Does Gen Z's emotional intelligence promote iCheating (cheating with iPhone) yet curb iCheating through reduced nomophobia?
Elodie Gentina, Department of Marketing, France ; Thomas Li-Ping Tang, Department of Management, United States ; Pierre-François Dancoine, Ramsay Générale de Santé, France
Computers & Education Volume 126, Number 1, ISSN 0360-1315 Publisher: Elsevier Ltd
Due to the popularity of smartphone (mobile phone) technology and new consumer products, parents, teachers, and researchers have grave concerns over adolescents' iPhone overuse and many iDisorders, including the decrease of self-esteem and social interactions and the increase of depression, sleep disturbances, nomophobia, and iCheating—academic cheating using iPhone. Little research has addressed these issues. Although emotional intelligence can help individuals achieve success in interpersonal relationships and performance, we ask two provocative questions: Does Generation Z (Gen Z) adolescents' emotional intelligence (EI) provoke iCheating? Can emotional intelligence curb nomophobia and thereby mitigate academic iCheating? We propose a formative SEM theoretical model, empirically test the relationships between emotional intelligence and iCheating, treat nomophobia as a mediator, and simultaneously investigate both direct and indirect paths. Data collected from 472 teenagers in three middle schools (grades 10–12, average age = 16.21) of an urban region in northern France reveal two innovative findings. Emotional intelligence (framed in the context of positive self-esteem)—directly fosters iCheating (the dark side). However, EI powerfully reduces nomophobia, the mediator—framed in the context of sleep disturbances, and indirectly curbs iCheating (the bright side). The combination of the dark and bright sides of emotional intelligence leads to a slight overall increase of iCheating. Emotional intelligence has its limits. Business executives, policy makers, and parents may identify strategies to promote the bright side and reduce the dark side of emotional intelligence, help Gen Z teenagers avoid nomophobia and reduce unethical behaviors/dishonesty—iCheating.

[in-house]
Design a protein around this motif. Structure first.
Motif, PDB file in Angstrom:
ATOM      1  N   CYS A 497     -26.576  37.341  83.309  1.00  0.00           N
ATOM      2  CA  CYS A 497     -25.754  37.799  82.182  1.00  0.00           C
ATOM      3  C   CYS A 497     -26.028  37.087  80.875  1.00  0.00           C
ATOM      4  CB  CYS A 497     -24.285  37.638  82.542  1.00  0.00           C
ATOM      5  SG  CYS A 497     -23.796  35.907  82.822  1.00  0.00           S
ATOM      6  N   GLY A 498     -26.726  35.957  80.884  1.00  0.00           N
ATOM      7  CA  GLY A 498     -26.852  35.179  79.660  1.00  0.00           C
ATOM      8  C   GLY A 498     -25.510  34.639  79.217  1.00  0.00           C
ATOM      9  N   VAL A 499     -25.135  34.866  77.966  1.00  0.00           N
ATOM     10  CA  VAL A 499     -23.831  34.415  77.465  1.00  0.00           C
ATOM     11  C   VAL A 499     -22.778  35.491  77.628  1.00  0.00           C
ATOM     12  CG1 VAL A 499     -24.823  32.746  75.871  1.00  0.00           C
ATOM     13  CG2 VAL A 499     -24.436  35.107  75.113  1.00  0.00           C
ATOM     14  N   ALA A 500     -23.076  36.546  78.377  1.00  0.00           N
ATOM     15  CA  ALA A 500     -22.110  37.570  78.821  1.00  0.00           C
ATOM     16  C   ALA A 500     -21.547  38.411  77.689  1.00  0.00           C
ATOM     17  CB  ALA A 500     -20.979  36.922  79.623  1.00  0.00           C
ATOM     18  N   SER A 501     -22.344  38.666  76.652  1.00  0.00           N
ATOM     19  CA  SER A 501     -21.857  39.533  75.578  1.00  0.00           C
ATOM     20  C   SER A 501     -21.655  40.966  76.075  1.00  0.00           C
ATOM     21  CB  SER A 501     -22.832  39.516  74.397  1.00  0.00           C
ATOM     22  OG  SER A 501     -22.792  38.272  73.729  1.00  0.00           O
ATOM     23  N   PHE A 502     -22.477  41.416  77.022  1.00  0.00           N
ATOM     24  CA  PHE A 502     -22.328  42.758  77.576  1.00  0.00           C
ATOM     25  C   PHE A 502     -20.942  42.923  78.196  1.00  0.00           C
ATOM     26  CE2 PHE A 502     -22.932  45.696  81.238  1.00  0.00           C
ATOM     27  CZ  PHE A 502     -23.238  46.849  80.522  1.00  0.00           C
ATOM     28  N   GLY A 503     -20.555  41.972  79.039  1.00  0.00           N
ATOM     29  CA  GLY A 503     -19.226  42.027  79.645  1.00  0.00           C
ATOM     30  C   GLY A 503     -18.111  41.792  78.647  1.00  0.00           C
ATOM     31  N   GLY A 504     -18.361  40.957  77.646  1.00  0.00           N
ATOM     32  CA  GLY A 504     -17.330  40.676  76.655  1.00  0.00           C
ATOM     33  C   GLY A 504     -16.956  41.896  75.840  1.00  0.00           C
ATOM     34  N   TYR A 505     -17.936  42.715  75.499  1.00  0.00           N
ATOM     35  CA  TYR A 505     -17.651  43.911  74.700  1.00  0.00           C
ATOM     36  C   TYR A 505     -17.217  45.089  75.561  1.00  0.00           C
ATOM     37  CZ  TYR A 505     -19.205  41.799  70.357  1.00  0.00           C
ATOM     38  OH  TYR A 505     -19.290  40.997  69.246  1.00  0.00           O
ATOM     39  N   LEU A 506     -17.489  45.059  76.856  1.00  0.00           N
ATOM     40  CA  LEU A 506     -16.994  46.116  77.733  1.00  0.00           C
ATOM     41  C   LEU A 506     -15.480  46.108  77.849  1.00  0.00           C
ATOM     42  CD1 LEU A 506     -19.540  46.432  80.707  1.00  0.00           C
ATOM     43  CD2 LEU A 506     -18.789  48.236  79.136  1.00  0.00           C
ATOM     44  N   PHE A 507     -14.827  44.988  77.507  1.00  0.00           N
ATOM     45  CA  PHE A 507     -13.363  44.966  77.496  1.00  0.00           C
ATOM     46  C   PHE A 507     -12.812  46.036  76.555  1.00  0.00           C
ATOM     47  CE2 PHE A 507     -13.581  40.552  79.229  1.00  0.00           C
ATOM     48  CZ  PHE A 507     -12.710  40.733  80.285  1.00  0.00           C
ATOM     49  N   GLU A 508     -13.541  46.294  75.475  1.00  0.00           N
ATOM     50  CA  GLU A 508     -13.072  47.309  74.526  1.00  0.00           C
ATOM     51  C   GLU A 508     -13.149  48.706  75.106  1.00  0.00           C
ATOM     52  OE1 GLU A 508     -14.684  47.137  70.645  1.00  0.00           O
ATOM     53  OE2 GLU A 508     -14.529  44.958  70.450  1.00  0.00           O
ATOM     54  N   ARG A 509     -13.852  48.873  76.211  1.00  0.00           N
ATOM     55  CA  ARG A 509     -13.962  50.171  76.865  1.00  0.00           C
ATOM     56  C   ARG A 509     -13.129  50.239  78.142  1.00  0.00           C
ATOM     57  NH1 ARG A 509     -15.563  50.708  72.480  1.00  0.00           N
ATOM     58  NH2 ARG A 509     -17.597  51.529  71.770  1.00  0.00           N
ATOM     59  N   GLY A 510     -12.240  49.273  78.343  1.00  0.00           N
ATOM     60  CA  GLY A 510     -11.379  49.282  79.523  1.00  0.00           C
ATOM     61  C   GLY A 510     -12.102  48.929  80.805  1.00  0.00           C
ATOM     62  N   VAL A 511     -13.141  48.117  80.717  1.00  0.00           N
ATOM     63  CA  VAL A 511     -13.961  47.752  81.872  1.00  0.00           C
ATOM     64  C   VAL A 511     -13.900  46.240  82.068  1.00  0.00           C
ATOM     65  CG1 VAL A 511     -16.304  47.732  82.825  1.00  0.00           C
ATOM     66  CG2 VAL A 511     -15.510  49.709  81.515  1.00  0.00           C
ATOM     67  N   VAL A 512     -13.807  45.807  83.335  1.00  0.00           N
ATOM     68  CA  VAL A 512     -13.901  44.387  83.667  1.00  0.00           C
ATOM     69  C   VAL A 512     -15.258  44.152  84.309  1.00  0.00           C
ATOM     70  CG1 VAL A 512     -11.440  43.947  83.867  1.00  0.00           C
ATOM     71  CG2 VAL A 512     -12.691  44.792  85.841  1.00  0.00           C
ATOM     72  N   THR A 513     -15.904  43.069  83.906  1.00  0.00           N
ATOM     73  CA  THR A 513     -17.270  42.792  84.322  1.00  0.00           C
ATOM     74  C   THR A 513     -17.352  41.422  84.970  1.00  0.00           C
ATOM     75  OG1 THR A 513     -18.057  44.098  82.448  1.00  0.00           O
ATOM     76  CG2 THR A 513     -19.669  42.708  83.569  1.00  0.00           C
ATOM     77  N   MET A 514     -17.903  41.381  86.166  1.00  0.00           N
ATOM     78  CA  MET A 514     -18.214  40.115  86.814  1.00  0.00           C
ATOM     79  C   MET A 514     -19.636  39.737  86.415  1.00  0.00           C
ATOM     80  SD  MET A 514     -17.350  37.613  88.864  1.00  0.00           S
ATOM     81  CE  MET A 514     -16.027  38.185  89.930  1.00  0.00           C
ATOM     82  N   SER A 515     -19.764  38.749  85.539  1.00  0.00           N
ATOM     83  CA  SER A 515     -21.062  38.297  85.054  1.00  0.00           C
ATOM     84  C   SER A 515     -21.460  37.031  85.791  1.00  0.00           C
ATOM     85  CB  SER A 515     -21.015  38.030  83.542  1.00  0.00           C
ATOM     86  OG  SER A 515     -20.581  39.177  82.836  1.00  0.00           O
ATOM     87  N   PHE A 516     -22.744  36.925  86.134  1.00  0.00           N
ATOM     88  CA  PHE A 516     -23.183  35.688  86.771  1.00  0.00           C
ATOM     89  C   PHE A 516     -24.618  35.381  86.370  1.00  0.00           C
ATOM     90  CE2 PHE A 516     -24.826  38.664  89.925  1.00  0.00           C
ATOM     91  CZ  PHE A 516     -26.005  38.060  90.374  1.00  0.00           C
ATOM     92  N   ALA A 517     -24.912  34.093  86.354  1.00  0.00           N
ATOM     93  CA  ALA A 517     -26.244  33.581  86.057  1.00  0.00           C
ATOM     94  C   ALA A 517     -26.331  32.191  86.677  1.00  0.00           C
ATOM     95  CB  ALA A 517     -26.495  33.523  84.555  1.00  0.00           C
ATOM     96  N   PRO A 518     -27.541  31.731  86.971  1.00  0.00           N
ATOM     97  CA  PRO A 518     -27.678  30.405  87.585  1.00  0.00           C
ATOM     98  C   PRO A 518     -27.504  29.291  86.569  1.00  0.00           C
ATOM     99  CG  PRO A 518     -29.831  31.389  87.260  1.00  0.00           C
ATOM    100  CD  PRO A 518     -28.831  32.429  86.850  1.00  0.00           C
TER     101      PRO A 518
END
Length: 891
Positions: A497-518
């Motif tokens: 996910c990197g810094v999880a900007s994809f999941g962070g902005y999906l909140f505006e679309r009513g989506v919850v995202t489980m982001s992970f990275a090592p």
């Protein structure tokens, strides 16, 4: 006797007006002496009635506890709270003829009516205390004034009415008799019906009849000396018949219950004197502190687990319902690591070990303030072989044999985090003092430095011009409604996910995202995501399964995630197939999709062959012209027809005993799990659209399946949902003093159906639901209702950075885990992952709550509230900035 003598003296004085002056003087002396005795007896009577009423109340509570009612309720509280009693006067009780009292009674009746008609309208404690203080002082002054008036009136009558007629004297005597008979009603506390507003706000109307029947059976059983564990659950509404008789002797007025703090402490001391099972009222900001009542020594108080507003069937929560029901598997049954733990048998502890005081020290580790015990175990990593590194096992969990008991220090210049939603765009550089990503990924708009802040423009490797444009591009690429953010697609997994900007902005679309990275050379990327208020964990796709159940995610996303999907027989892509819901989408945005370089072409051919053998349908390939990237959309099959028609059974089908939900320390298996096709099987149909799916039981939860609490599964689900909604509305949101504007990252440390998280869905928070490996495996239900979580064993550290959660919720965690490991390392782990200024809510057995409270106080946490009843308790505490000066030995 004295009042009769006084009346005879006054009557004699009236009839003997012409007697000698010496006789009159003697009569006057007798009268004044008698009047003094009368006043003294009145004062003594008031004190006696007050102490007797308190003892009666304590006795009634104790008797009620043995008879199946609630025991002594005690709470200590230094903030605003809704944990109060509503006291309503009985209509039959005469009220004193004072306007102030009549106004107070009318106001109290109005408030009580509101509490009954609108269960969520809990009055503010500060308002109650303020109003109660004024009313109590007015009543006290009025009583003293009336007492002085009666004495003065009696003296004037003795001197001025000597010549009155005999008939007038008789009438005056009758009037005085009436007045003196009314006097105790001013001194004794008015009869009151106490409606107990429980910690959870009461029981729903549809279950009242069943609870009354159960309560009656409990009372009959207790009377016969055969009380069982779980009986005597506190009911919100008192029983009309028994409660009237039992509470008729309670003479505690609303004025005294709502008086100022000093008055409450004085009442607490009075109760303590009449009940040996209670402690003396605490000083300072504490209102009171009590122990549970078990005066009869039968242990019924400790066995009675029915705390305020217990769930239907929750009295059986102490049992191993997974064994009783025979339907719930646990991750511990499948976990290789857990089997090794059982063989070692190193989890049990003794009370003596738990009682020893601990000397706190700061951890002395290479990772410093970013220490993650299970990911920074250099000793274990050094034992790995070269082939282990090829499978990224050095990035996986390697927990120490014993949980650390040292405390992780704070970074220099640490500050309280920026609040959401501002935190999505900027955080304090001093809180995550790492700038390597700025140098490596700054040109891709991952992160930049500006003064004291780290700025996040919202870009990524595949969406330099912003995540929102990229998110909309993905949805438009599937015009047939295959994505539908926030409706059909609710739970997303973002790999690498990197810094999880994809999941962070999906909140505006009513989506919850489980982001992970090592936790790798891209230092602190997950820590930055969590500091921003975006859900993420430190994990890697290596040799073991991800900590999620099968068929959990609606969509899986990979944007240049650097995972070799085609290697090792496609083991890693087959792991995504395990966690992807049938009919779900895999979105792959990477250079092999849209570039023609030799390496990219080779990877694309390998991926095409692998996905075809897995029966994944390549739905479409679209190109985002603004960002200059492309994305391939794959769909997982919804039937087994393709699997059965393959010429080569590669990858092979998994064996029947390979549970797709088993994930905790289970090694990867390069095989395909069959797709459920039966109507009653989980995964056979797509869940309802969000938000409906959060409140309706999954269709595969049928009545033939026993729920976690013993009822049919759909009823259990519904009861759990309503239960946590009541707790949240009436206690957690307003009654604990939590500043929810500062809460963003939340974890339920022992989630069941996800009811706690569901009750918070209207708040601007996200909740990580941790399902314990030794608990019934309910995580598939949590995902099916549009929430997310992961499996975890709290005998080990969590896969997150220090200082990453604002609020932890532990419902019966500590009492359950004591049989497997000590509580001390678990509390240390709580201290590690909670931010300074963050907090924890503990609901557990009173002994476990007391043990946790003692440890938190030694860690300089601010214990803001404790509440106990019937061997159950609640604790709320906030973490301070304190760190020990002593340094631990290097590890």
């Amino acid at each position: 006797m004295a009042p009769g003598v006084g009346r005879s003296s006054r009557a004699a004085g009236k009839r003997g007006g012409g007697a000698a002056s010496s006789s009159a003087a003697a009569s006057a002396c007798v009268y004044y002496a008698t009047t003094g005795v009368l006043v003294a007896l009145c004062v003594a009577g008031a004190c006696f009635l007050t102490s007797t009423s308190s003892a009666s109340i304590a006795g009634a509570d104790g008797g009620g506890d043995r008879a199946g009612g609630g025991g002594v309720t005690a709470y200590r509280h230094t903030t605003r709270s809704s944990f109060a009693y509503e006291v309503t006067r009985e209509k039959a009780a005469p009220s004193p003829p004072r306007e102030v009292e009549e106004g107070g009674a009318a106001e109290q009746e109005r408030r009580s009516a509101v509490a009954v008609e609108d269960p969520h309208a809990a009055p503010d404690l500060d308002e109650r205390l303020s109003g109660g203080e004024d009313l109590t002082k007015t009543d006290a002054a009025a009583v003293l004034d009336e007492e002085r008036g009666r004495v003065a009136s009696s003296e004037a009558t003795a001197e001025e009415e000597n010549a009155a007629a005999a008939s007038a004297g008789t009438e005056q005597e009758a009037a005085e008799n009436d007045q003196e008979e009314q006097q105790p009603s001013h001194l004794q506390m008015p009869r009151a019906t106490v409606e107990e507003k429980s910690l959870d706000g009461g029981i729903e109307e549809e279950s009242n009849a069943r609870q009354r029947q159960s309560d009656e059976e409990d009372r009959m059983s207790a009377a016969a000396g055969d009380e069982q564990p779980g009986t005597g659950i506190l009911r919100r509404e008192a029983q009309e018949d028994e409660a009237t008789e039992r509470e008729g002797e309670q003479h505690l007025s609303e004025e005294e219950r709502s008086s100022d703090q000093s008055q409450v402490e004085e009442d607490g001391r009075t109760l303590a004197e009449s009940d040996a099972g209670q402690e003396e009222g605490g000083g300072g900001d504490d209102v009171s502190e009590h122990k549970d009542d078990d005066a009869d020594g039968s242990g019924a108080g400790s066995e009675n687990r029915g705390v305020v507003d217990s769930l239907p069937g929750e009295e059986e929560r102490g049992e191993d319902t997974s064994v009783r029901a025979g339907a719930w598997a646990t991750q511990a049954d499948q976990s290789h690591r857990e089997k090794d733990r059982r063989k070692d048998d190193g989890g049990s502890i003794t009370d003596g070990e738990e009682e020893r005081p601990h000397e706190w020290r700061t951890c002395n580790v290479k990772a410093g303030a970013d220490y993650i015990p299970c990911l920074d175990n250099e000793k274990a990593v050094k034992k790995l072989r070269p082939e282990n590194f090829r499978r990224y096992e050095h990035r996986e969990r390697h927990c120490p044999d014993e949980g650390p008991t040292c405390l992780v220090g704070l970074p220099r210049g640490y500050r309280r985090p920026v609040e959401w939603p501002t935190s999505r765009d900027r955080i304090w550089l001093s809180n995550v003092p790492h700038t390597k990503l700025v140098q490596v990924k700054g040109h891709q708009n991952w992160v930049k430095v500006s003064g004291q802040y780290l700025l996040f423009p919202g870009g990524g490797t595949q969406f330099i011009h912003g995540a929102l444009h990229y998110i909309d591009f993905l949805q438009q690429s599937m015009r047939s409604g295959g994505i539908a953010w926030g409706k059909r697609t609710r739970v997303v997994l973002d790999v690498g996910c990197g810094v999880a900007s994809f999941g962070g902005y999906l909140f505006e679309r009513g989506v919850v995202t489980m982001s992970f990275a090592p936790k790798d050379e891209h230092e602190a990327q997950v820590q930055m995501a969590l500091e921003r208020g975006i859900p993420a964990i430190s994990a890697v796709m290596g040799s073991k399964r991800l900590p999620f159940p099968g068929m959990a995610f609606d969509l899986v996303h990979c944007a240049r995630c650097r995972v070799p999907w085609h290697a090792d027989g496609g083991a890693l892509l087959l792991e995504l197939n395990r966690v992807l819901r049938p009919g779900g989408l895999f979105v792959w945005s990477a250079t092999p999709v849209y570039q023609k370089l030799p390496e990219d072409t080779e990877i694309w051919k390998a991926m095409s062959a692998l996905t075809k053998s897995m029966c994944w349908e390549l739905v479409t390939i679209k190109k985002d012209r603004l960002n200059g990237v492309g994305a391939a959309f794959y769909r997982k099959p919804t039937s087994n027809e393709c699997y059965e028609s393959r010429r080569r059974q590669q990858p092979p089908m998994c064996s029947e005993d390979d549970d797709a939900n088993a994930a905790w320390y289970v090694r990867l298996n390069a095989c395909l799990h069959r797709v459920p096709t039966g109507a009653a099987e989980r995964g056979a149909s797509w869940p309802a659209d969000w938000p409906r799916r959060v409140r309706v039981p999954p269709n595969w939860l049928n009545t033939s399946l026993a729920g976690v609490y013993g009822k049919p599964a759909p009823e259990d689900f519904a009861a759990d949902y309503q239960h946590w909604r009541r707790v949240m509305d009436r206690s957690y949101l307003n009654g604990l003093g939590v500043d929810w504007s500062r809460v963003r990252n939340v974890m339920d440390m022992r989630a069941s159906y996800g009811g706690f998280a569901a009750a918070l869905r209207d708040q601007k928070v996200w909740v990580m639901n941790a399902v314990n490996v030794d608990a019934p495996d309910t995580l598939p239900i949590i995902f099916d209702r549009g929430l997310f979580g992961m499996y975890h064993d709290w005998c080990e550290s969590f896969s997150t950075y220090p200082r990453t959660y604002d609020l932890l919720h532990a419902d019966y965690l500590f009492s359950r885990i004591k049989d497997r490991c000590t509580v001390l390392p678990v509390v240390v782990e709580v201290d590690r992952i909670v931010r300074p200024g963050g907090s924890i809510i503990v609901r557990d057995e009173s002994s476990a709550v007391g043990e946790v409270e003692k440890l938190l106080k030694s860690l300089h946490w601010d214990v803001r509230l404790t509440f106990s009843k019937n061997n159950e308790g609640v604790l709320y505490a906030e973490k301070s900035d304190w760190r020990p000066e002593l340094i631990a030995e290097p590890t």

Gentina, E., Tang, T.L.P. & Dancoine, P.F. (2018). Does Gen Z's emotional intelligence promote iCheating (cheating with iPhone) yet curb iCheating through reduced nomophobia?. Computers & Education, 126(1), 231-247. Elsevier Ltd.